To top it off, Lugar has said he does not believe Iranian mullahs with nukes are much to worry about. That is really, really bad. It defies common sense and history. Once again, it is not up tot he lofty standards Lugar set for himself earlier.

Lugar could have survived all of these misjudgments. Could have, except for the residency issue. Not even his age and the sheer length of his tenure in the Senate were the torpedoes that the residency issue was.

Late last year it was revealed that Lugar had not been living in Indiana since the 1970's. When he came back he stayed in hotels. He used as his voting address a house neither he nor any member of his family nor even any of his friends or acquaintances had owned since the 1970's, much to the surprise of the home's current occupants. He had two convenient but very questionable (at best) Indiana AG opinions to give him cover, but on its face it looked horrible. A double standard at the very least: if any of us tried that, we would get thrown in jail. Charlie White, in fact, did get thrown in jail, and deservedly so. If anything, Lugar's issue was even worse than White's. It was almost as if Lugar could randomly select a house and decide he lived there for residence purposes. Lugar pointed to those two AG opinons as a justification, and said he could not afford two residences. Thay may actually be true -- his house in Virginia is supposedly worth more than a million dollars, but that house has appreciated in value since he bought the house in the 1970's when prices were much lower. Owning a million-dollar home doesn't mean you actually have a milion dollars to spend. But someone owning a million-dollar home crying poverty to justify what on its face looks like vote fraud is insulting to middle and lower class constituents who weren't fortunate enough to hit the jackpot on the real estate market.

After the residency issue became public and Lugar tried to defend it on the technicality of the AG opinions, the perception that he was a Washington political insider who was out of touch with his Hoosier constituents gained traction. The residency issue seemed symptomatic of his recent voting record. They just fit with each other, with the idea that Lugar was more Washington than Indiana. That turned his seniority, his long tenure in the Senate, from assets into vulnerabilities.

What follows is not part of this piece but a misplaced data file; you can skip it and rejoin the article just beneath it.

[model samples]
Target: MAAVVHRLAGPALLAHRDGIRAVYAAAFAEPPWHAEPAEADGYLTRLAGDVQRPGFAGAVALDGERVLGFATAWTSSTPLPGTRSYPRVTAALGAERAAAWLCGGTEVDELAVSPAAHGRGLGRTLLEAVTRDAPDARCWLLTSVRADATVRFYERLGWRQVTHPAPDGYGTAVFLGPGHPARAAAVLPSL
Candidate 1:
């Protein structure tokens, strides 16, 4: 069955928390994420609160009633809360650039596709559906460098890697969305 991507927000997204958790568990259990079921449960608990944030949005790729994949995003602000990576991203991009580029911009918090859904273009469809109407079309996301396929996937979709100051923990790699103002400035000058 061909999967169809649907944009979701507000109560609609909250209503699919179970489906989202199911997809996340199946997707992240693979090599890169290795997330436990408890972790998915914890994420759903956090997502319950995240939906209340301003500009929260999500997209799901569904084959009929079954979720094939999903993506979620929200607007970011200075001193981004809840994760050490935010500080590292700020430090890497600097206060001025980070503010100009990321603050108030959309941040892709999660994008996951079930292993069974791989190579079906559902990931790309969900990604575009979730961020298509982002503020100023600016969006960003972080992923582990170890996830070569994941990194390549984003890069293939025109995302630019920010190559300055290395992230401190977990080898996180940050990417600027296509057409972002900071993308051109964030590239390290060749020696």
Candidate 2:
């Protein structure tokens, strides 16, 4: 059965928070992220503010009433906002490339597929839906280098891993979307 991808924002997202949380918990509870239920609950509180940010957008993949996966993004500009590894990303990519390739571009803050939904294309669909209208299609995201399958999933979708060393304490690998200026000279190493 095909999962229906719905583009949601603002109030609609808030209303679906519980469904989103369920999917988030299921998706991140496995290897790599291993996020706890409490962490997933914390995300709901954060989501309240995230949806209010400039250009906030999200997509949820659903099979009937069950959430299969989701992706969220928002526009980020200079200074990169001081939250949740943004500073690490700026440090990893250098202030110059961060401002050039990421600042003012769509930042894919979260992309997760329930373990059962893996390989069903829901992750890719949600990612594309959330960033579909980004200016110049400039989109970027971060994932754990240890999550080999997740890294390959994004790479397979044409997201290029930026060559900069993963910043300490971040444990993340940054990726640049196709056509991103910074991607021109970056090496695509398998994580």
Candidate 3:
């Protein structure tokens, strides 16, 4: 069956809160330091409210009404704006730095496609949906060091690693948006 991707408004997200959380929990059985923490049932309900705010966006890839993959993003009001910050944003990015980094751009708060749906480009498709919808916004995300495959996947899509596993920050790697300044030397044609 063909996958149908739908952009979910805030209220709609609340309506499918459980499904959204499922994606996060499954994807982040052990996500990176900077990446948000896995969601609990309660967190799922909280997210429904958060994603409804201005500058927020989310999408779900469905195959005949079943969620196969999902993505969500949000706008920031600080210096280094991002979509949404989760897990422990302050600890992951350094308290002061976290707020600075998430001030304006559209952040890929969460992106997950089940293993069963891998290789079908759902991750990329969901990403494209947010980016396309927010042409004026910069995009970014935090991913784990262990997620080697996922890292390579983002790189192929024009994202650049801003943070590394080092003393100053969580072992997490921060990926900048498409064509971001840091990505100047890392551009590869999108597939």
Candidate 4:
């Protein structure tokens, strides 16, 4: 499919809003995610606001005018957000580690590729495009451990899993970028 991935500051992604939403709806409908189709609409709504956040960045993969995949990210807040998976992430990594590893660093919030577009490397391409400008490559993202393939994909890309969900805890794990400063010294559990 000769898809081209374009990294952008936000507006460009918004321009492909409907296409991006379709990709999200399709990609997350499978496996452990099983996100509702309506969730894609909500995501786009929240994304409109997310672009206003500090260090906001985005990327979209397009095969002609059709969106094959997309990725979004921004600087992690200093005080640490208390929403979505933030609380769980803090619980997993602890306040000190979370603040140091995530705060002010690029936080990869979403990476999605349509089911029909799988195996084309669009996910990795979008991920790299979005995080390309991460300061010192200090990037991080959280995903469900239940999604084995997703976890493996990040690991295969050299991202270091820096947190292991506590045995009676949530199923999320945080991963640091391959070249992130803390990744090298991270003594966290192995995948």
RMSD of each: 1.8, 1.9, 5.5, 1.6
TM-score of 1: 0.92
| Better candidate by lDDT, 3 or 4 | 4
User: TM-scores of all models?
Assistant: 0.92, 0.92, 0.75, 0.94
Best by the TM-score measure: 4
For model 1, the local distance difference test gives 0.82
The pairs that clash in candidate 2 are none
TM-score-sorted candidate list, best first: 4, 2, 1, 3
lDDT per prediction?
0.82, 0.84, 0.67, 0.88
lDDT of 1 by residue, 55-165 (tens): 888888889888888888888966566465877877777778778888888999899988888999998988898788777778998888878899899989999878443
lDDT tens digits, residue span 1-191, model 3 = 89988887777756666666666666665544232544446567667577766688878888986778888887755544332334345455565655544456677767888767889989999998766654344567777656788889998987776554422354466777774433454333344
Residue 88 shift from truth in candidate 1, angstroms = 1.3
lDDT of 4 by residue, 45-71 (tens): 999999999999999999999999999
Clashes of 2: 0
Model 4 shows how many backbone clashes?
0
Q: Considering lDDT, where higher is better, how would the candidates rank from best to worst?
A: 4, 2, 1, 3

At that point, Lugar was in deep trouble. Failing to maintain an Indiana residence may have been the single stupidest political maneuver I have seen in recent years. It cannot be justified, either from a political or from an ethical standpoint. And it would have been so easy to avoid. Just rent a cheap apartment here and, bingo!, you're covered. It was just plain stupid. An inexcusable mistake from someone who knew better who was surrounded by advisors who knew better.

Richard Lugar is a good person who genrally surrounded himself with good people, to whom, he was very loyal, a rare trait for Republicans today. He has always wanted what is best for America. And he always worked hard to do what is best for America. He had been a great, great senator for a very long time. That he lost his way in his last years in the Senate is not reason to villify him. He is not a villain. But on the issues that are of critical importance today, Lugar is either wrong (see, e.g. START, LOST, DREAM, Iran) or unwilling or unable to stand up for what is right (see, e.g. Holder, Sotomayor, Kagan). 

Lugar had to go. As much as I am sorry to say it, he had to go. He does not seem to be taking his defeat well, which has earned him some criticism, but I don't know how I or any of us would react if we were in his shoes, especially so soon after the election. Give him some time.

In the meantime, while we shoukld honor Richar Lugar for his incredible record of service to the United States, we should now get behind Richard Mourdock for US Senate. I can't say that I agree with Mourdock on everything -- that pesky social conservatism is always an issue with me -- but now is the time to turn the tide that is slowly but surely washing America away. Mourdock has shown the ability and the intelligence to become part of the team to do just that.

If Mourdock does even half as much good as Richard Lugar did he will be a great senator. I believe he can. And will.

Now, let's take back our country.

1 comment:

  1. You got it. We face the prospect of four more years of the same "fire" from all the vaunted "compromise". If the choice is tackling the lackings of free enterprise competition versus awaiting universal productivity to pay for our universal benefits, guess which line I'm going to be in?